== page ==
Comte de Paris, History of the Civil War in America. Vol. 1. (ed. Henry Coppee , LL.D.), chapter 8 (search)
h the most fantastic descriptions on the part of a crowd of eye-witnesses whose judgment and vision had been singularly affected by the excitement of the combat so novel to them. It would be impossible to unravel the truth from among so many contradictory assertions if we had not as guides the official reports of both parties, remarkable for their completeness and the manner in which they agree with each other. This labor has been facilitated for us by the works of two American writers, Mr. Swinton, who has written two accounts of the battle of Bull Run with his wonted sagacity, and Mr. Lossing, the prolific draughtsman and scrupulous narrator. Finally, the author himself accompanied McDowell a few months after the battle, when the latter visited for the first time since the action the scene of his defeat; and he thus received on the spot, from the mouth of the principal actors, who recognized, with emotions easy to understand, here the route on which they had at first been victo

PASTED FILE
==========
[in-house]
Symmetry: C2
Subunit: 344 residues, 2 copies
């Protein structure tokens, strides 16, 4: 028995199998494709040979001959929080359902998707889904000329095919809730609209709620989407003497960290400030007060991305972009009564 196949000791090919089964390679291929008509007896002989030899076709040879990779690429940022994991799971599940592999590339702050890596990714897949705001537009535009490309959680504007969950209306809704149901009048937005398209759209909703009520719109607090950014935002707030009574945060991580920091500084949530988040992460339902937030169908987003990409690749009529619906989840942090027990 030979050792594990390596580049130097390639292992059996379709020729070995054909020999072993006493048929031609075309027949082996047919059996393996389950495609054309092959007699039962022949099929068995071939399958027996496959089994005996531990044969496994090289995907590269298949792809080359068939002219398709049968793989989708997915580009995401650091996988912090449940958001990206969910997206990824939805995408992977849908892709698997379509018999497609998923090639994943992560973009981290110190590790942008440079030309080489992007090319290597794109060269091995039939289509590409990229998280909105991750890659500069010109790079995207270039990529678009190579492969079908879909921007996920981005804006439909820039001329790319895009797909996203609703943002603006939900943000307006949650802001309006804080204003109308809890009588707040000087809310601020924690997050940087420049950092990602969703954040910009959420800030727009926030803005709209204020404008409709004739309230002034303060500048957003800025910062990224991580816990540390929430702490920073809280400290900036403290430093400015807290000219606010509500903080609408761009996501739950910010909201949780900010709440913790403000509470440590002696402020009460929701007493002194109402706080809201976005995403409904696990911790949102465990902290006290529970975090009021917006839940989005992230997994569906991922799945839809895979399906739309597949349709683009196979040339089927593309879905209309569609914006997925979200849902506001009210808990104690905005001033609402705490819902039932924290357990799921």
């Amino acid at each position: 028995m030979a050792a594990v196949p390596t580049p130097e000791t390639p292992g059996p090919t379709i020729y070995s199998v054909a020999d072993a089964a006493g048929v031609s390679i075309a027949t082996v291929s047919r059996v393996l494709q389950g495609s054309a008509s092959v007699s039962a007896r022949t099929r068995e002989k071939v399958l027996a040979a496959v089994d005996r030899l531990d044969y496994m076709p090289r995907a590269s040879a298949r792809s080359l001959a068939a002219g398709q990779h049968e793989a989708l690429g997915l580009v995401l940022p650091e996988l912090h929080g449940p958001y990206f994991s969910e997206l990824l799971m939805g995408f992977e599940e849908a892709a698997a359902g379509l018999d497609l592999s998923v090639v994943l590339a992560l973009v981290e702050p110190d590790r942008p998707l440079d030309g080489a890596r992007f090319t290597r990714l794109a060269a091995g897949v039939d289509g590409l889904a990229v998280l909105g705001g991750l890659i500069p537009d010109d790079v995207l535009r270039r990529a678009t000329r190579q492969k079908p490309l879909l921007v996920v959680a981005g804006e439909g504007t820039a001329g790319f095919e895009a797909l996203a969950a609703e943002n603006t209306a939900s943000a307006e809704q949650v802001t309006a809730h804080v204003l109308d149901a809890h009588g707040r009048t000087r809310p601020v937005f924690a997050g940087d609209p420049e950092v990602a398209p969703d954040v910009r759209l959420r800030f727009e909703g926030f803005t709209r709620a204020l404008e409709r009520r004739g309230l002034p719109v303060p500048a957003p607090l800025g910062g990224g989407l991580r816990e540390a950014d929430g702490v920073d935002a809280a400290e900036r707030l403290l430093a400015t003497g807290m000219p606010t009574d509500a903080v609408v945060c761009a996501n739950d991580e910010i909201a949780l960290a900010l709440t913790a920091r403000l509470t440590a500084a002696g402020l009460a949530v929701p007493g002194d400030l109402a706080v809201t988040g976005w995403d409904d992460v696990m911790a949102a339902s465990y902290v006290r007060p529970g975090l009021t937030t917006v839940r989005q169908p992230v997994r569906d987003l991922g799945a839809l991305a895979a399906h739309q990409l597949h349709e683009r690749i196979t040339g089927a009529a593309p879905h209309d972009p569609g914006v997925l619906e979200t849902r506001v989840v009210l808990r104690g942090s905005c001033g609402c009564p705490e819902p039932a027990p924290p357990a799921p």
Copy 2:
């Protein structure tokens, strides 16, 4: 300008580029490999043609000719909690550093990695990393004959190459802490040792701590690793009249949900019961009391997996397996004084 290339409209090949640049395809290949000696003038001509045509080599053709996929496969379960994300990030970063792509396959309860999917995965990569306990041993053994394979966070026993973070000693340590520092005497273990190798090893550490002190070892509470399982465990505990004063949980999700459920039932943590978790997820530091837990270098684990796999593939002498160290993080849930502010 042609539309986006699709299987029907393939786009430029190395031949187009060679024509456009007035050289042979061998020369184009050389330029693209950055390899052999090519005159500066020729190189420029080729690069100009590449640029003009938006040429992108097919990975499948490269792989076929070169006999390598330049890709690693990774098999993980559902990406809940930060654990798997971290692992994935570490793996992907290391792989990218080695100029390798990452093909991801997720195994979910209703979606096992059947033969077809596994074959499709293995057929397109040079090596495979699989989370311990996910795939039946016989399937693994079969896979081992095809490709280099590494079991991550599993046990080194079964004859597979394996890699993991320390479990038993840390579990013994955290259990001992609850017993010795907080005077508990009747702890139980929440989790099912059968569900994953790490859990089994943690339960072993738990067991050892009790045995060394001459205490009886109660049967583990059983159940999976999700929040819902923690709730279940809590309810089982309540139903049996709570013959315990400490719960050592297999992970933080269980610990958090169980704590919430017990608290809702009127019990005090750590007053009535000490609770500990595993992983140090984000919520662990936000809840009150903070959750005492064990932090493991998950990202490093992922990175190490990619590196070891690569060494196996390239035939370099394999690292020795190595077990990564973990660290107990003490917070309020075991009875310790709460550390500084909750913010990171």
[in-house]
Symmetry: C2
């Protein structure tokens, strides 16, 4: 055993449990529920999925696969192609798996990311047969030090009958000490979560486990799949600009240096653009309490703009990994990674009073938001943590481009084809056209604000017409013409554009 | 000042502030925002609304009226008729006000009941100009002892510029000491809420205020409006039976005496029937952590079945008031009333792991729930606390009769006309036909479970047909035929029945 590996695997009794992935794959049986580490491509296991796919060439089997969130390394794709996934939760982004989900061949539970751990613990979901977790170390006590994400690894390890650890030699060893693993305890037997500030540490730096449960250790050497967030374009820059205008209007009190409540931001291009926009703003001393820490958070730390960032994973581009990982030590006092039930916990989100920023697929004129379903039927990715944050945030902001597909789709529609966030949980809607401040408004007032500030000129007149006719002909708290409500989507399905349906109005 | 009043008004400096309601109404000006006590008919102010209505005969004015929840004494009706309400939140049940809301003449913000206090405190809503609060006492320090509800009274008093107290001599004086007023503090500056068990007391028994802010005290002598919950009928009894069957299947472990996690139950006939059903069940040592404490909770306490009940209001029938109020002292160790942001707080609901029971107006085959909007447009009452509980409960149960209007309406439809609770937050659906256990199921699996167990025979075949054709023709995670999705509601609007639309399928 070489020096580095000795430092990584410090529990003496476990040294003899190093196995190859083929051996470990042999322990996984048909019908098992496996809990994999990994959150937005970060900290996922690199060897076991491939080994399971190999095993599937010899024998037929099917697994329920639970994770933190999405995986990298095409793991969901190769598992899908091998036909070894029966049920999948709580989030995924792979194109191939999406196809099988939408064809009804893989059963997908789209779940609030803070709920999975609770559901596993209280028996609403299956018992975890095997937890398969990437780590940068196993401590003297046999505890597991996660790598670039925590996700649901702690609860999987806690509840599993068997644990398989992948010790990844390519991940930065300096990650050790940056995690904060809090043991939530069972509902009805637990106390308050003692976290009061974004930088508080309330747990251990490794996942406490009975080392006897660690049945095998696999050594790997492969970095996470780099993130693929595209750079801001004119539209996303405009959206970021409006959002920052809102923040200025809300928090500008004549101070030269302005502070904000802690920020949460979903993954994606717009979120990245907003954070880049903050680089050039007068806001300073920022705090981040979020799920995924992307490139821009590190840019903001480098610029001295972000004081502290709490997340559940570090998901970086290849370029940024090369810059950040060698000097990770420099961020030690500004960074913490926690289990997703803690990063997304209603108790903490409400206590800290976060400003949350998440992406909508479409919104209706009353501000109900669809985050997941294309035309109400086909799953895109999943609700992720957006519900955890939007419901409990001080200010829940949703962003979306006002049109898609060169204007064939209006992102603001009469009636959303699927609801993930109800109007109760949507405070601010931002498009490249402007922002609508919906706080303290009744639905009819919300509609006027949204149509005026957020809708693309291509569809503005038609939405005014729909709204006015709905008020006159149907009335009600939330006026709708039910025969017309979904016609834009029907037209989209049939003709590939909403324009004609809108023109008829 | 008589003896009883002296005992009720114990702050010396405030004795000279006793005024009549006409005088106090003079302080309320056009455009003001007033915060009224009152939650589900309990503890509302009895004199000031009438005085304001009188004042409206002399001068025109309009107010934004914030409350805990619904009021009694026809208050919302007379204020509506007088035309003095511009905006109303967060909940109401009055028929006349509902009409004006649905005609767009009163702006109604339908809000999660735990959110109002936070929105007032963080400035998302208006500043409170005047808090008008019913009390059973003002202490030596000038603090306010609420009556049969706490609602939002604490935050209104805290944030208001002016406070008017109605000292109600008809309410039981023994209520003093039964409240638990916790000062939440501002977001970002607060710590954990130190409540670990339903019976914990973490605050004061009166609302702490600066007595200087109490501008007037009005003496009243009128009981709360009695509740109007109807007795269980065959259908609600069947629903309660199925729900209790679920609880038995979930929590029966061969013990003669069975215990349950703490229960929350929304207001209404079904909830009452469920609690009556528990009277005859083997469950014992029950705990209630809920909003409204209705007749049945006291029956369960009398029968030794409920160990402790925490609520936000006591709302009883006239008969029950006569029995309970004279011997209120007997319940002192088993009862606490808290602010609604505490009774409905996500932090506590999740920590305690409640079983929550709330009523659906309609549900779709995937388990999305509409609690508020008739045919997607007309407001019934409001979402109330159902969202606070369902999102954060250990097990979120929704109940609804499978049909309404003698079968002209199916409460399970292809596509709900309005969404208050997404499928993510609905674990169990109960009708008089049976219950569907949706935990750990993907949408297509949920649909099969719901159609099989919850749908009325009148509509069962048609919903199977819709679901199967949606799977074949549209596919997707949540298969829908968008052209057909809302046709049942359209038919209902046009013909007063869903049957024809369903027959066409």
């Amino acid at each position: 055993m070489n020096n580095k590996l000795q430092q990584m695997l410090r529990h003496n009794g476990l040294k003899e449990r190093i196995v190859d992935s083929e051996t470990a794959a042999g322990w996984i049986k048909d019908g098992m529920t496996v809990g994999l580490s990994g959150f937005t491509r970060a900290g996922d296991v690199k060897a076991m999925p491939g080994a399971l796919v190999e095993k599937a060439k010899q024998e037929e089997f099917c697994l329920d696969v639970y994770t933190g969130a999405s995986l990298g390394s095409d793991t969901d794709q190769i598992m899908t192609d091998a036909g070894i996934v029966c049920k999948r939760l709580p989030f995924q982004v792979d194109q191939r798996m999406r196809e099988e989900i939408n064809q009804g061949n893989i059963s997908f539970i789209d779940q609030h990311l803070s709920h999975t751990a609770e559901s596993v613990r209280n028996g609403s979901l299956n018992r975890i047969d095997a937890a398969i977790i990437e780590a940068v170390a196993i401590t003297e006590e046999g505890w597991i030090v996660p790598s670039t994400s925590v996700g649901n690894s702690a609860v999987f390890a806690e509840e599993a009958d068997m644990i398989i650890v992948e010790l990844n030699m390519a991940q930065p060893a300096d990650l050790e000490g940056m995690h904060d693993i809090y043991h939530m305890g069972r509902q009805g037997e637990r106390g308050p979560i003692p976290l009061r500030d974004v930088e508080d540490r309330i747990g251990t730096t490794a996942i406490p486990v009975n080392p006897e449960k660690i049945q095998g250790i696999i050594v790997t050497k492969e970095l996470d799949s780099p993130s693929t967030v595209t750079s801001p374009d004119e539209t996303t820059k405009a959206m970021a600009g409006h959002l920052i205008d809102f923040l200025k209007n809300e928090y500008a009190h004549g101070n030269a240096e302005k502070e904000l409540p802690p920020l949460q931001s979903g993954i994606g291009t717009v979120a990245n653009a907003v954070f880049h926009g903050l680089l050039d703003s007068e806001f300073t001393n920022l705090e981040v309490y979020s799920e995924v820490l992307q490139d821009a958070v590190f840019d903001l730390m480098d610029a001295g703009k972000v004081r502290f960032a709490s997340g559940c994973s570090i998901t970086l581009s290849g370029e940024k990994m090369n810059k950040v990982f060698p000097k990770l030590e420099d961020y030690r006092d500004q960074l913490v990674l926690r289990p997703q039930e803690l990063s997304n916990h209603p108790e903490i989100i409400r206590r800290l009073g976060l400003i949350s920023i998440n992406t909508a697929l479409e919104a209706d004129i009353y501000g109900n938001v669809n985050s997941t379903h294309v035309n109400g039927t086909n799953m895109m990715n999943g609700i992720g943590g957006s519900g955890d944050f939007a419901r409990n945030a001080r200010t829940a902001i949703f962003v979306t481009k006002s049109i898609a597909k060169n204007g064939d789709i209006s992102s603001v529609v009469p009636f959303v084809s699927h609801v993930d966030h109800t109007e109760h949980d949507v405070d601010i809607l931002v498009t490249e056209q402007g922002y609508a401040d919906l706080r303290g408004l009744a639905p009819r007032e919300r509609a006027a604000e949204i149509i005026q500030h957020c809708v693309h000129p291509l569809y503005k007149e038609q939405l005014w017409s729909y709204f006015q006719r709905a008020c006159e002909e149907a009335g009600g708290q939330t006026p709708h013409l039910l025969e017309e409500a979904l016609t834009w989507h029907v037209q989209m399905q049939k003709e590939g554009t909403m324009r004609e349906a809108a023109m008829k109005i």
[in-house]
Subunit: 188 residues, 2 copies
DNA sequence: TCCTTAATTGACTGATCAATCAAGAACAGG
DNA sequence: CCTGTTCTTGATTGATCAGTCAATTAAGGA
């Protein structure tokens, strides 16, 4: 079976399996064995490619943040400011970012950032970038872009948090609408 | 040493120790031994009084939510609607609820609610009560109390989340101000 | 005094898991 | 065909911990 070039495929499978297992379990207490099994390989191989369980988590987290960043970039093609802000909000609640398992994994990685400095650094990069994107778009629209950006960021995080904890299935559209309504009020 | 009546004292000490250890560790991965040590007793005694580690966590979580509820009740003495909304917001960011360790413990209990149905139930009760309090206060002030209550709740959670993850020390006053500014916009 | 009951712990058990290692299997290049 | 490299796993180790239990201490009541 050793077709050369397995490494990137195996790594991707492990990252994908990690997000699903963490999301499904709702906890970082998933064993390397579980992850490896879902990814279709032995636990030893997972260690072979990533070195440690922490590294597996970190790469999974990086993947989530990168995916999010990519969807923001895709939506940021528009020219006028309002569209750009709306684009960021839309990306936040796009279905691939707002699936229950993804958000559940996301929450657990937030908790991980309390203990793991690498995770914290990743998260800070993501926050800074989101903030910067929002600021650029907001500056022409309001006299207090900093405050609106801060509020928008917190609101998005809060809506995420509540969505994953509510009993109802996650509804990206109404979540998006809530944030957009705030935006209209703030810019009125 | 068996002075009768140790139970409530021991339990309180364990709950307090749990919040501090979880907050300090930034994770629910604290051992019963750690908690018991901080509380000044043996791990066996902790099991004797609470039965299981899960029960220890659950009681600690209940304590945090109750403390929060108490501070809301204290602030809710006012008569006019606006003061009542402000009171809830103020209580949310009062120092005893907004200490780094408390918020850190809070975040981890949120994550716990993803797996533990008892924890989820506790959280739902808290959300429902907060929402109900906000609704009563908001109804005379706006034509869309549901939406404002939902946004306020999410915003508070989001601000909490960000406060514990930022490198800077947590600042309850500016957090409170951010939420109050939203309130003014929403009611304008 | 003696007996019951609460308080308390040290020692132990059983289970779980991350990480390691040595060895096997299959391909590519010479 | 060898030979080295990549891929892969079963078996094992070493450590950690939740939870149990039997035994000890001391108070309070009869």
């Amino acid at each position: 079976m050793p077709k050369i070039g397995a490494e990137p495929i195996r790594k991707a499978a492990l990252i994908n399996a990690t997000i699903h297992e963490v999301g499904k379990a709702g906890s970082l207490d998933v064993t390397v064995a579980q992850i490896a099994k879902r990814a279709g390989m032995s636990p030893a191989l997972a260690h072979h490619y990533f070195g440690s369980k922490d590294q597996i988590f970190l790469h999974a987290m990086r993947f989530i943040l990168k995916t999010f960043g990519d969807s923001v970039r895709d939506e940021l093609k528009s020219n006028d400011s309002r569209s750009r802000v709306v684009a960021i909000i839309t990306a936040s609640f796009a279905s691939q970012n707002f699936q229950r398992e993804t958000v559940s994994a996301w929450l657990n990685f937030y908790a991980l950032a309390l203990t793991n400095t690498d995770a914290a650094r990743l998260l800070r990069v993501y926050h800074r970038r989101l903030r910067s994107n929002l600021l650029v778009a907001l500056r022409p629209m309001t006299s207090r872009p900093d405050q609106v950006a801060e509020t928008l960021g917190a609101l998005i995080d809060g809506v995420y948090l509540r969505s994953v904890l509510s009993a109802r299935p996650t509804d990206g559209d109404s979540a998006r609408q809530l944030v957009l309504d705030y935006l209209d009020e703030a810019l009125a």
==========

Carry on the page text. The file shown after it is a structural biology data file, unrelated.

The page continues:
Comte de Paris, History of the Civil War in America. Vol. 1. (ed. Henry Coppee , LL.D.), Bibliographical note (search)
first commends itself to our special consideration on account of the conscientious impartiality with which it was written; the others, by the judicious care with which their respective authors made use of the published and unpublished documents they had on hand. These are, The Illustrated History of the War, by Mr. Lossing; The American Civil War, three volumes; Life of General Grant, by his former aid-de-camp, General Badeau, of which only the first volume has appeared; the two books of Mr. Swinton, entitled, respectively, History of the Army of the Potomac, one volume, and The Twelve Decisive Battles of the War, one volume. To continue the list of works written from a Union point of view, we will mention, without attempting to classify them, History of the Rebellion, by Appleton, one volume; Life of General Grant, by Coppee, one volume; Life of General Sherman, by Bowman and Irwin, one volume; Thirteen Months in the Rebel Army, by Stevenson, one volume; The Volunteer Quartermast